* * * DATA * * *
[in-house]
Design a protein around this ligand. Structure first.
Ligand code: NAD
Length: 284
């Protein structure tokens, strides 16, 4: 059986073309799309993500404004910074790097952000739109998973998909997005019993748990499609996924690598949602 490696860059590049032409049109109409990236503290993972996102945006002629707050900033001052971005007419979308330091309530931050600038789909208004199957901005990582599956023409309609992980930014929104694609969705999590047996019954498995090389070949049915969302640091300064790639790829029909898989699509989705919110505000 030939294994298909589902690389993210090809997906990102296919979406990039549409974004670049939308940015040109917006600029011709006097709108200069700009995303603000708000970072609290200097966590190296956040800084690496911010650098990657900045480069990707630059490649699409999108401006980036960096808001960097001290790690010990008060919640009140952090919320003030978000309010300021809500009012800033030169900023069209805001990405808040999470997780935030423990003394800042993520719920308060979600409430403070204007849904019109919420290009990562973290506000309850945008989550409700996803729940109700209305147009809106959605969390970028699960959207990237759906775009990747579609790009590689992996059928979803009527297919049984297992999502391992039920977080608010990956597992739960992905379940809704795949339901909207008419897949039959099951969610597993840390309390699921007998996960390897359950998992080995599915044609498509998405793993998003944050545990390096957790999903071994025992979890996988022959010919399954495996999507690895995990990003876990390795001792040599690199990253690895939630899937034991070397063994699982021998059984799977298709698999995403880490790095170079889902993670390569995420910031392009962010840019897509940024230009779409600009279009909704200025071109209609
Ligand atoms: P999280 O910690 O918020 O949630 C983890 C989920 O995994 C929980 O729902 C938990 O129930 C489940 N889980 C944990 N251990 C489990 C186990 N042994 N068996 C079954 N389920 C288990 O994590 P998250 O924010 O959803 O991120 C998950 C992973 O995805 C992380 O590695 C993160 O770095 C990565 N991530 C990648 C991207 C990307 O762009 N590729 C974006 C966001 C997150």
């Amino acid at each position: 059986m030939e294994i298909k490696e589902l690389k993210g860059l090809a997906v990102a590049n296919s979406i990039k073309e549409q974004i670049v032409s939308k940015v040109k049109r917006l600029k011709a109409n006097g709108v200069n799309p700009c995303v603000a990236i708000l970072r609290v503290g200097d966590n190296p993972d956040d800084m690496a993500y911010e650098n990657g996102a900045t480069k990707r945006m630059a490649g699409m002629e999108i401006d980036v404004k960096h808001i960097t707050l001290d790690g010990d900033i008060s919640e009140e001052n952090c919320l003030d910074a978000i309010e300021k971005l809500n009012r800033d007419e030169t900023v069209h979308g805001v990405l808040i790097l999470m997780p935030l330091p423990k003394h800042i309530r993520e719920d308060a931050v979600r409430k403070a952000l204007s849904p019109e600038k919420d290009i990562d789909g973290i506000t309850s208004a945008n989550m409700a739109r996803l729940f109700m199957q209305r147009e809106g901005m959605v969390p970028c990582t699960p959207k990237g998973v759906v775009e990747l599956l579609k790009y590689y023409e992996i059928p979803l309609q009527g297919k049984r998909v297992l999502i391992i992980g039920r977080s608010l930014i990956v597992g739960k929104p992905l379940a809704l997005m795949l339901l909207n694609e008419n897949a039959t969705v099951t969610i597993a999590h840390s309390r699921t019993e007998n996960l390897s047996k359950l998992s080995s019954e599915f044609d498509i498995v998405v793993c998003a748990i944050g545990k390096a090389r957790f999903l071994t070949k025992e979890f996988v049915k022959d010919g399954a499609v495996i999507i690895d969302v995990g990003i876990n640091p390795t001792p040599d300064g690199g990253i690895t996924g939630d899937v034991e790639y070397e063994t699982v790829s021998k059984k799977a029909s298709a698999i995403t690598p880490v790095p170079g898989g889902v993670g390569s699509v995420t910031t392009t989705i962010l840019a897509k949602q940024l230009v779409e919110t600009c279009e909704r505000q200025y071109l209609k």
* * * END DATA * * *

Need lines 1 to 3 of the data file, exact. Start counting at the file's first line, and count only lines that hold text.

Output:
[in-house]
Design a protein around this ligand. Structure first.
Ligand code: NAD